The "war between wars" continues to escalate between Israel and the Iranians. Elements of Israel's new National Security Strategy delineate the ways in which Israel could up the ante. For one, the Israelis have vowed to strike at not just the perpetrators of attacks, but also the masterminds and others involved in acts of violence perpetrated against them. Israel has also made it clear that it will not shy away from striking at an enemy's host country and its critical infrastructure. In other words, Israel has put Iran on notice in ways that until Trump's recent warning the US could not fathom.
Thus, while the recent showdown between the US and Iran may have drawn the two efforts closer, Israel and the US appear to be battling Iranian advances on different fronts and in disparate ways. Israel, in fact, has remained remarkably quiet in the aftermath of the Soleimani assassination.
Still, both countries can continue to benefit from one another in the spirit of an alliance that has benefited both sides for decades. This includes areas like intelligence, cyber and hi-tech weapons, such as drones and artificial intelligence. Both countries' commitment to multi-layered missile defense, through systems developed jointly and independently, is another area of cooperation that could prove crucial if Iran chooses to escalate. The recent attacks on US bases in Iraq only underscore how Iron Dome or David's Sling could help ensure the safety of American troops on the battlefield.
One potential area of friction in recent months has stemmed from rumors of diplomacy between Trump and Iranian President Hassan Rouhani. For Israel, the concern was the potential for a deal that did not account for the entirety of the Iranian threat. However, after the Iran-backed assaults on American assets and the subsequent US reprisal, the possibility of negotiation seems remote. To be clear, Trump is still calling for renegotiations, but a breakthrough is unlikely while the US maintains its maximum pressure campaign and continues to warn of additional military force.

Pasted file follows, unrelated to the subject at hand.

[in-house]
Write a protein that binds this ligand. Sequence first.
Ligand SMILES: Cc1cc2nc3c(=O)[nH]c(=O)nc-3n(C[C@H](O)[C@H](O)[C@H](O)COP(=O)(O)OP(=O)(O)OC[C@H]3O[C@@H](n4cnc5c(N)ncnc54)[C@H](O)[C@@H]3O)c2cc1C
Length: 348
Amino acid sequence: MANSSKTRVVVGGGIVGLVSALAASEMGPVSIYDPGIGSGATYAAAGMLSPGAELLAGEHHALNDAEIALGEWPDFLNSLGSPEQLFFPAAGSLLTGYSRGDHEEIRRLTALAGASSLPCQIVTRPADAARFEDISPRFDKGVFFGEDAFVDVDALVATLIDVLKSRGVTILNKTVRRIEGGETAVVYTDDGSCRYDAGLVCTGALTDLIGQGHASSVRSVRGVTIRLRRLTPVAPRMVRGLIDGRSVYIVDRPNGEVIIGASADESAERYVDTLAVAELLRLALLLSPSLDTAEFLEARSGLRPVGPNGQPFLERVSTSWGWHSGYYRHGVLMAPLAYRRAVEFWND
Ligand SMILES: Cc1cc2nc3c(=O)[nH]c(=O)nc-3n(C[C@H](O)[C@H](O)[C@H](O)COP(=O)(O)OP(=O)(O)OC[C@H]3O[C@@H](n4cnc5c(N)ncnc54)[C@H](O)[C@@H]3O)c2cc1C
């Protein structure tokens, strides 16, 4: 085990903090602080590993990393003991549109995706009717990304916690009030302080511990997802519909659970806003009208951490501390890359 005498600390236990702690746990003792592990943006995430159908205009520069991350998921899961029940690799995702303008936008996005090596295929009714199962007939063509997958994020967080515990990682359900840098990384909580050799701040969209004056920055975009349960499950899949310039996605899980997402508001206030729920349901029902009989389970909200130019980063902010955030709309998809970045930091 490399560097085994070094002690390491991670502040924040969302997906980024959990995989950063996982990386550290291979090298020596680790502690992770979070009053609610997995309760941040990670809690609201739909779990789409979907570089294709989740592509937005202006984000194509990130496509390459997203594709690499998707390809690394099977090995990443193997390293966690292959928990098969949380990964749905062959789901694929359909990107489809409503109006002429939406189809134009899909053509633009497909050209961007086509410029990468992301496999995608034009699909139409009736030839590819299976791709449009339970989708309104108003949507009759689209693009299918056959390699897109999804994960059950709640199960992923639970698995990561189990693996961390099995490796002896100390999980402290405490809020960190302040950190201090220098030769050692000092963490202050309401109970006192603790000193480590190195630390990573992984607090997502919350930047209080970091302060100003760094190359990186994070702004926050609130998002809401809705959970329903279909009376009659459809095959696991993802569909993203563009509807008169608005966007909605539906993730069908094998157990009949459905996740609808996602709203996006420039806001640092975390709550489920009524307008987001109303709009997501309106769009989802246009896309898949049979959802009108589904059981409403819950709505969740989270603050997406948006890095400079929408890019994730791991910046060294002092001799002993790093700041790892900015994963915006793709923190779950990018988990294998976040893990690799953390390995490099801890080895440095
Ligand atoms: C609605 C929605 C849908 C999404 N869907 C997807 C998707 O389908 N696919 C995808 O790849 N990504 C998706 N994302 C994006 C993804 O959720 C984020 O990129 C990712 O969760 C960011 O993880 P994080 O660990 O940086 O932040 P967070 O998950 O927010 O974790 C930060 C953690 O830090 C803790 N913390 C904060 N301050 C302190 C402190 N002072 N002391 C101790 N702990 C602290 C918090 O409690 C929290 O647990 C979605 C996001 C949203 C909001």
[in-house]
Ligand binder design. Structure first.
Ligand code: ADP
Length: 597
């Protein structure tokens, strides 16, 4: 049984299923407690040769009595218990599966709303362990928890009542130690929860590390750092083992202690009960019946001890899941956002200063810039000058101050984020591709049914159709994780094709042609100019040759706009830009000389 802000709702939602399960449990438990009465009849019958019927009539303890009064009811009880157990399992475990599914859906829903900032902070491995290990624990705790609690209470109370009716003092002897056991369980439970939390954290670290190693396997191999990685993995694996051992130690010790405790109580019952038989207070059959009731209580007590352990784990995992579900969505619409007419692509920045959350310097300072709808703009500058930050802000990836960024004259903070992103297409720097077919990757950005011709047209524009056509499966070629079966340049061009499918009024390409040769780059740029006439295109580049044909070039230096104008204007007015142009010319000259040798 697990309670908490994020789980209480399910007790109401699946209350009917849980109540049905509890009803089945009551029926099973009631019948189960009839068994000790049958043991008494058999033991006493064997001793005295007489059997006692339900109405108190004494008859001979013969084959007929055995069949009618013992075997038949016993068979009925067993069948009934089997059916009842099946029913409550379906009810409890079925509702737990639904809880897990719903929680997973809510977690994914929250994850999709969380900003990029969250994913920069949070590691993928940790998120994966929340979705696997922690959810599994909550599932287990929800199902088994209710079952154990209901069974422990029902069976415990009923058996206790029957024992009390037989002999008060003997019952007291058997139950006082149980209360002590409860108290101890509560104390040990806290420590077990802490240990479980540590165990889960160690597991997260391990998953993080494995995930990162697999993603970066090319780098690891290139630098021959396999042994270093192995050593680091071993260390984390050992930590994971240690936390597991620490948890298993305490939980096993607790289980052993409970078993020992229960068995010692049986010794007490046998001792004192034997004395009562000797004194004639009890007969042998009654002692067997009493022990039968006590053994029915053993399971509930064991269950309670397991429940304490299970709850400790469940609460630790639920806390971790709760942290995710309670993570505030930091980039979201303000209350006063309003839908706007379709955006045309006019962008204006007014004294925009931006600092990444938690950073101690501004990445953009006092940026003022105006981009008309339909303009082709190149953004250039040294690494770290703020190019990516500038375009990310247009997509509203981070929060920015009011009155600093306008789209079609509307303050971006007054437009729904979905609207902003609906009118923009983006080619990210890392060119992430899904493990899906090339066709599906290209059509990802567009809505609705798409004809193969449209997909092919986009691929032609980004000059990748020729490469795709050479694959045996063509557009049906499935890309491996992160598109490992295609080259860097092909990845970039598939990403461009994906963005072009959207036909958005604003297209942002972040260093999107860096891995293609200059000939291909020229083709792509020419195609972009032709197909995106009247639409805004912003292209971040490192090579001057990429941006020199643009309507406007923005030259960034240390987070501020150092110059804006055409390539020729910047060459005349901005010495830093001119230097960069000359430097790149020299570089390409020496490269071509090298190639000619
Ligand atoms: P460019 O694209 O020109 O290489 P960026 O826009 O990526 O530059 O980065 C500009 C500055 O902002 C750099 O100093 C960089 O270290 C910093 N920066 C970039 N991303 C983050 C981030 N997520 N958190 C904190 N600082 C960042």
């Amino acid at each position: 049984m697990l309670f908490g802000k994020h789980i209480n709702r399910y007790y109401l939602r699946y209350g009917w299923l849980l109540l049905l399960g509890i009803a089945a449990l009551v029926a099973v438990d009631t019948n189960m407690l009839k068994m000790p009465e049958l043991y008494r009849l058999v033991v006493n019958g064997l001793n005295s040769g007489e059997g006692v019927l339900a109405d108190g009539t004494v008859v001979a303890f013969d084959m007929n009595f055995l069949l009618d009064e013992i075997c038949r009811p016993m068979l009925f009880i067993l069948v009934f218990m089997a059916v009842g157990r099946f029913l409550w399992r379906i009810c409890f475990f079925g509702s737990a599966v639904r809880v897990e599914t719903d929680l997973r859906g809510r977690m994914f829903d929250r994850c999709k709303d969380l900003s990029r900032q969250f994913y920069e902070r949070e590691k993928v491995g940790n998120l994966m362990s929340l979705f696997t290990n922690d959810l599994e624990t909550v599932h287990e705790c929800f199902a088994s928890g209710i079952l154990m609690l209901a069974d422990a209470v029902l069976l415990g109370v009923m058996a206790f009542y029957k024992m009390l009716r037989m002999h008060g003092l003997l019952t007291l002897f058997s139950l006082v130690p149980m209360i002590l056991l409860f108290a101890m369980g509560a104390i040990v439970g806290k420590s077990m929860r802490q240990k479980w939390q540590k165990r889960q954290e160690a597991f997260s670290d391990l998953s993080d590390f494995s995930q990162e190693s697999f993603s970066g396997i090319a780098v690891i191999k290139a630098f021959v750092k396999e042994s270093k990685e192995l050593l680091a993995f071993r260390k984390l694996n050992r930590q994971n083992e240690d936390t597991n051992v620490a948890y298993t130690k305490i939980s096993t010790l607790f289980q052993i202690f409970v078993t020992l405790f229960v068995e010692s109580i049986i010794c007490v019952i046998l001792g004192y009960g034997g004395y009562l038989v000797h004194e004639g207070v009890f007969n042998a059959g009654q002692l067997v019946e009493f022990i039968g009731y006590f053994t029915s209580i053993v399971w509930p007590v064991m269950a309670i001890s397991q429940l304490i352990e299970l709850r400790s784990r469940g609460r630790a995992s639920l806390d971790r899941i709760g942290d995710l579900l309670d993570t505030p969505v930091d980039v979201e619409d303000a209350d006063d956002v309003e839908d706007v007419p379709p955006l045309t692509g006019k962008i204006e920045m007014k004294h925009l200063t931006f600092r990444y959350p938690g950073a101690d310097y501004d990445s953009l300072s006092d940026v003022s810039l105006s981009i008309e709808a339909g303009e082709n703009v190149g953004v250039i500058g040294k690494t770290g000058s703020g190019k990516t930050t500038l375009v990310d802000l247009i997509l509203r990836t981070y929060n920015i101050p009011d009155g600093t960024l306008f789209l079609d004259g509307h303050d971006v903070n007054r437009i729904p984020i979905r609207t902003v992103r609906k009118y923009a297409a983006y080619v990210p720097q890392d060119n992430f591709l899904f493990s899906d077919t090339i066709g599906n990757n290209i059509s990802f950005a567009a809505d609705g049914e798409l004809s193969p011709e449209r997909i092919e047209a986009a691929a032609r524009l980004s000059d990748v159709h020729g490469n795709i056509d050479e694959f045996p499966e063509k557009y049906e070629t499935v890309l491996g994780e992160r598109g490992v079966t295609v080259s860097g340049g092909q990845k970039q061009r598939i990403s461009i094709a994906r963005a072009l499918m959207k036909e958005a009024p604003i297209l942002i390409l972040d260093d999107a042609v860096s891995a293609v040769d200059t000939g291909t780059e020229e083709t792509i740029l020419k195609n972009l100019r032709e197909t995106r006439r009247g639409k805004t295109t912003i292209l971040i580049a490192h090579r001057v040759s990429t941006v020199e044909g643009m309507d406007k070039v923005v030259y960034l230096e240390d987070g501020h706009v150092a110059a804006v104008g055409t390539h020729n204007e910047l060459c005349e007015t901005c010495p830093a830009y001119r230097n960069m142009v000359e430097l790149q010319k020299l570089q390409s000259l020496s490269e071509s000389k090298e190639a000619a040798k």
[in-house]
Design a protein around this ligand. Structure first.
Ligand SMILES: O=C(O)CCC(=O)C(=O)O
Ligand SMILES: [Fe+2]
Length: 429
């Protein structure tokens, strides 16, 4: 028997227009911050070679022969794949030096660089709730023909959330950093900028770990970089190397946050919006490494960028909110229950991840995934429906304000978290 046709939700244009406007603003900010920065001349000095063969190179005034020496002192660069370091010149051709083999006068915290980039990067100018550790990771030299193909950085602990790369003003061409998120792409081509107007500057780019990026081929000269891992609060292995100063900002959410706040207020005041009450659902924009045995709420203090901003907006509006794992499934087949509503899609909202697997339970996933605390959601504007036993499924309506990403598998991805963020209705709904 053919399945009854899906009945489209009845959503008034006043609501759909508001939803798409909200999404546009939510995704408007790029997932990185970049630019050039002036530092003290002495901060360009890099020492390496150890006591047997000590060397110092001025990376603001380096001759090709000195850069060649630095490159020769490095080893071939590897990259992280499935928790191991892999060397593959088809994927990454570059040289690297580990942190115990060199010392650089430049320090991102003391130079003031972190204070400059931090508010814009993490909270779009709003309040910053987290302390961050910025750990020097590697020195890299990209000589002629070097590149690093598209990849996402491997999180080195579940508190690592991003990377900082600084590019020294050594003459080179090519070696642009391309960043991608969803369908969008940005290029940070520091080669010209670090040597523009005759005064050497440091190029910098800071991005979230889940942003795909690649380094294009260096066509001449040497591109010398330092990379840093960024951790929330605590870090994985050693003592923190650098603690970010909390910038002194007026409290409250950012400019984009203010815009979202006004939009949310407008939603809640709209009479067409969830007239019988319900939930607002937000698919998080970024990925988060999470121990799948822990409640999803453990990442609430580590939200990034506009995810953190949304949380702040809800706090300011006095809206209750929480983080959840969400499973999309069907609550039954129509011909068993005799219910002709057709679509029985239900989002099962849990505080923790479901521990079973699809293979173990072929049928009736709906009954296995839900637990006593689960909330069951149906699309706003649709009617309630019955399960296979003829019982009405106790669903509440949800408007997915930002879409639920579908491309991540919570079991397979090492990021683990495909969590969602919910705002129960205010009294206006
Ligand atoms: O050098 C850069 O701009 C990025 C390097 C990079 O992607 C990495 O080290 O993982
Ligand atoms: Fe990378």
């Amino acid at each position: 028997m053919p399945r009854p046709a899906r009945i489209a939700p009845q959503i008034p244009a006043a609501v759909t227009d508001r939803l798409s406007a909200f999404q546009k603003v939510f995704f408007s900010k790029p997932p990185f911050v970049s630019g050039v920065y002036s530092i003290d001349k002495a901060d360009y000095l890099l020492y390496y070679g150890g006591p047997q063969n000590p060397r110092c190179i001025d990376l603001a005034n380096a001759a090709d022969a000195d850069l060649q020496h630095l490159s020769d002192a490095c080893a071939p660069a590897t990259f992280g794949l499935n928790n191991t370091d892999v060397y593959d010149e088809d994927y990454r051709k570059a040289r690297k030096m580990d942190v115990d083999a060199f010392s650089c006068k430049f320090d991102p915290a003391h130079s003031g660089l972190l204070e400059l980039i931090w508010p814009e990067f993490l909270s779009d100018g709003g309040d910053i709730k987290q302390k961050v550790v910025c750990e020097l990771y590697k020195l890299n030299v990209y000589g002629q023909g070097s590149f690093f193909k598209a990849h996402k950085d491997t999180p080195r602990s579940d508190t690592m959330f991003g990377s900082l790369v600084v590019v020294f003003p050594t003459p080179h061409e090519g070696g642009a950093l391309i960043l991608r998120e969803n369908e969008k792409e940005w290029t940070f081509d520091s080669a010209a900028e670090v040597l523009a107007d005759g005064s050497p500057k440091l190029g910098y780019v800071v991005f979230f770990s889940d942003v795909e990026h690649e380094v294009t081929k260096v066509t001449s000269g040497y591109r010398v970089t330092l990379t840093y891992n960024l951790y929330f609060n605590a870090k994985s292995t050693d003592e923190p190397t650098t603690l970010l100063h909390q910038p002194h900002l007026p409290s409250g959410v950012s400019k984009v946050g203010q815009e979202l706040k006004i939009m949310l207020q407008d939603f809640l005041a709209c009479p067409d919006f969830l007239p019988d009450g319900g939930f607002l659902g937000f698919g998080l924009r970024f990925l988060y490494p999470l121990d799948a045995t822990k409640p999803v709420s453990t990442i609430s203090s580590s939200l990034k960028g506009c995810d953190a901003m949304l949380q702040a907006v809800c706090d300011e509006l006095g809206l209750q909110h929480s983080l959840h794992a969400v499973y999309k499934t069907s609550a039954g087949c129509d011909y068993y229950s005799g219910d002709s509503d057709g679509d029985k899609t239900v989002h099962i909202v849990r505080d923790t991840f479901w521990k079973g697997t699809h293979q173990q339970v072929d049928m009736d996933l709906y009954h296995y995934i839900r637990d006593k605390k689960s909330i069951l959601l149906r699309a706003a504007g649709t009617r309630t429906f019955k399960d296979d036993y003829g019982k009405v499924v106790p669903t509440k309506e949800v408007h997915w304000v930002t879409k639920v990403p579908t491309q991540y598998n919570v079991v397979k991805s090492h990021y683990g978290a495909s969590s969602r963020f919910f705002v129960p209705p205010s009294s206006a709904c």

With the Iranians on their back foot (at least for now), there could be opportunities for collaboration. But Israel and the United States can be expected to continue to handle the Iranian challenge in their own ways.
Brig.-Gen. (res.) Prof. Jacob Nagel is a visiting professor at the Technion Faculty of Aerospace Engineering and a senior visiting fellow at Foundation for Defense of Democracies. He previously served as the head of Israel's National Security Council and as Prime Minister Benjamin Netanyahu's acting national security advisor. Jonathan Schanzer, a former terrorism finance analyst at the US Treasury, is senior vice president for research at Foundation for Defense of Democracies.